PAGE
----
Will take a break when needed, says Kohli

Will take a break when needed, says Kohli

Skipper defends policy of resting players differently

Will take a break when needed, says Kohli

After giving some players break from cricket and allowing a few to take rest, Virat Kohli said he will also need some breather from non-stop cricket as he was also a human being and not a "robot".

When asked if Kohli, easily the most overworked Indian cricketer this year, needs rest, the skipper said, "Definitely."      

"I do need rest! Why don't I need rest? When I think my body should be rested, I'll ask for it. I'm not a robot. You can slice my skin and check, I bleed," he remarked even as he explained the criteria applied while resting particular players.

"People just look at, 'Oh everyone has played 40 games'," he began. "They don't look at the time spent on the crease, the number of runs that have been run in between, the number of overs they've been bowling in difficult conditions -- what were the conditions like, what was the temperature like, have the bodies recovered or not. I don't think people go into that analysis. So from the outside, it looks like 'why are people asking for rest, everyone played same number of games', but not everyone has the same kind of workload in every game that they play.  

"For example, Pujara, during the Test season, he will have maximum workload. Because he spends so much time at the crease. His game is built that way. You can't compare that to a counter-attacking batsman because the workload would have been lesser," he explained.

It was an indirect shot at Sourav Ganguly who had expressed his surprise over resting Hardik Pandya. Ganguly felt that the all-rounder hadn't played enough cricket to be given a break.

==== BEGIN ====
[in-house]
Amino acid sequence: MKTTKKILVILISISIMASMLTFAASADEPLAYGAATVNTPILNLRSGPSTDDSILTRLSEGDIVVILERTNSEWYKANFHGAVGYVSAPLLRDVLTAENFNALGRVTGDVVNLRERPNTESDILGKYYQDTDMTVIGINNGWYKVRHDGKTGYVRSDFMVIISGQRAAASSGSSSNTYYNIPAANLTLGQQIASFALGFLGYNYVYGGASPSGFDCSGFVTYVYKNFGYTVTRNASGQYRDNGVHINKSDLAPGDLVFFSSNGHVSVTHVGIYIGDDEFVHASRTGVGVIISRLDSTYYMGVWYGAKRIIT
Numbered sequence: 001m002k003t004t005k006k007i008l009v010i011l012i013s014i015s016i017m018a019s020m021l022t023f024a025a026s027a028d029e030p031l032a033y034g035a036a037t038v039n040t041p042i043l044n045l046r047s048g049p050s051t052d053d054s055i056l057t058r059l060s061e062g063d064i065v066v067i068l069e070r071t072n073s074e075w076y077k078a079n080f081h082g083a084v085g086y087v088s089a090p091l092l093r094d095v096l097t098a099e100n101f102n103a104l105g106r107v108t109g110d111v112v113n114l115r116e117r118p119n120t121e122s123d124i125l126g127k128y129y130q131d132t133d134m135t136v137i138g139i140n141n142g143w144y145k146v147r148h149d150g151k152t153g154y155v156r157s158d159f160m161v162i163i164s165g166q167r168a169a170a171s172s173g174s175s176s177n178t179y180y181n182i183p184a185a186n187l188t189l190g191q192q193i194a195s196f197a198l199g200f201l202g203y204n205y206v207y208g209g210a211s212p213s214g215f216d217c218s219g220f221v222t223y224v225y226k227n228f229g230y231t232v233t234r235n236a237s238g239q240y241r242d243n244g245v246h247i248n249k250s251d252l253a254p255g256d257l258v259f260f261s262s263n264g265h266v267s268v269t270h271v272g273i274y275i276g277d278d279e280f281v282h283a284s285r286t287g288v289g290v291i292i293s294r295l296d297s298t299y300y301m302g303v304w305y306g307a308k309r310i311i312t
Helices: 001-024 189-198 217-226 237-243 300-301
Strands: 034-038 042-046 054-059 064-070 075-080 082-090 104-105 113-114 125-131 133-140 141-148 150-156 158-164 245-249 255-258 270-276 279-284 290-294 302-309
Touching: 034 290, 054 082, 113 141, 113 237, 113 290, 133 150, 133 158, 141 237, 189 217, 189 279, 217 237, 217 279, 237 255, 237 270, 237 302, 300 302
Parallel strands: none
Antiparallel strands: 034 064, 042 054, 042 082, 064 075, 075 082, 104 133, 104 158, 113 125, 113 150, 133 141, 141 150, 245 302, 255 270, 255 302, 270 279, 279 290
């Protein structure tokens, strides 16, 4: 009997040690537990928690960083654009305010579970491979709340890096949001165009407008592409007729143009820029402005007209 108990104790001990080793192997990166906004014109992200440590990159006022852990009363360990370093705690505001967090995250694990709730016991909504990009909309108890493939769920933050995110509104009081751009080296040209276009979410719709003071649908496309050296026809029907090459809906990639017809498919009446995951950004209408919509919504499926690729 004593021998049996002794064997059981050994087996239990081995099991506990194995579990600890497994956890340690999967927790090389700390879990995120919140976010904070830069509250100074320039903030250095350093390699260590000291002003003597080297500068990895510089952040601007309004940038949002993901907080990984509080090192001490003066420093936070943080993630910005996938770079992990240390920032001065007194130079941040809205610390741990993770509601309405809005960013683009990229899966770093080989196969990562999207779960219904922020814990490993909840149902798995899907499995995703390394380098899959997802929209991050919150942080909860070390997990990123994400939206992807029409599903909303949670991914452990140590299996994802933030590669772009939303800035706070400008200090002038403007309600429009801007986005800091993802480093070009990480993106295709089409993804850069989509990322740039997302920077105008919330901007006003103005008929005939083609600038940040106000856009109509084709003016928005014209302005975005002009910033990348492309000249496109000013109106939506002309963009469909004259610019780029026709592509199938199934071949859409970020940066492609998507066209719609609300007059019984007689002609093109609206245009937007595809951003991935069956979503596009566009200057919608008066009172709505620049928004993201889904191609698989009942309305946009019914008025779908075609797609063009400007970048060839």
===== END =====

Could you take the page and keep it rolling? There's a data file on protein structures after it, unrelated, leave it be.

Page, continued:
Kohli also agreed that international schedule should be drawn in such a way that people don't feel overdose of the same. The statement is particularly significant in the context of India-Sri Lanka series both of whom were involved in a nine-match series across formats just a couple of months ago. The two teams are set to contest in the same number of matches with the games spread equally in all three formats.

"I don't know. I think this analysis has to be done over a period of time by asking fans who watch the game," he felt when asked if there has been an overkill of the same. "As cricketers, someone watching the game is very different to someone being involved in the game. For us, there's no room for complacency, saying 'I don't want to play this game' or standing at the crease with  bat in hand and saying, 'I don't feel like batting'.

"There's no room for that because you're going to get out and the team is going to lose. I don't know if there's too much cricket being played or a repetition  of the same series. We do what we are presented with.  This analysis can be done. It definitely has to be taken into consideration because you don't want fans going away from the game. We have to maintain a balance of how to engage fans and how to keep players fresh and at the same time keep cricket exciting and have very competitive cricket happening throughout the year."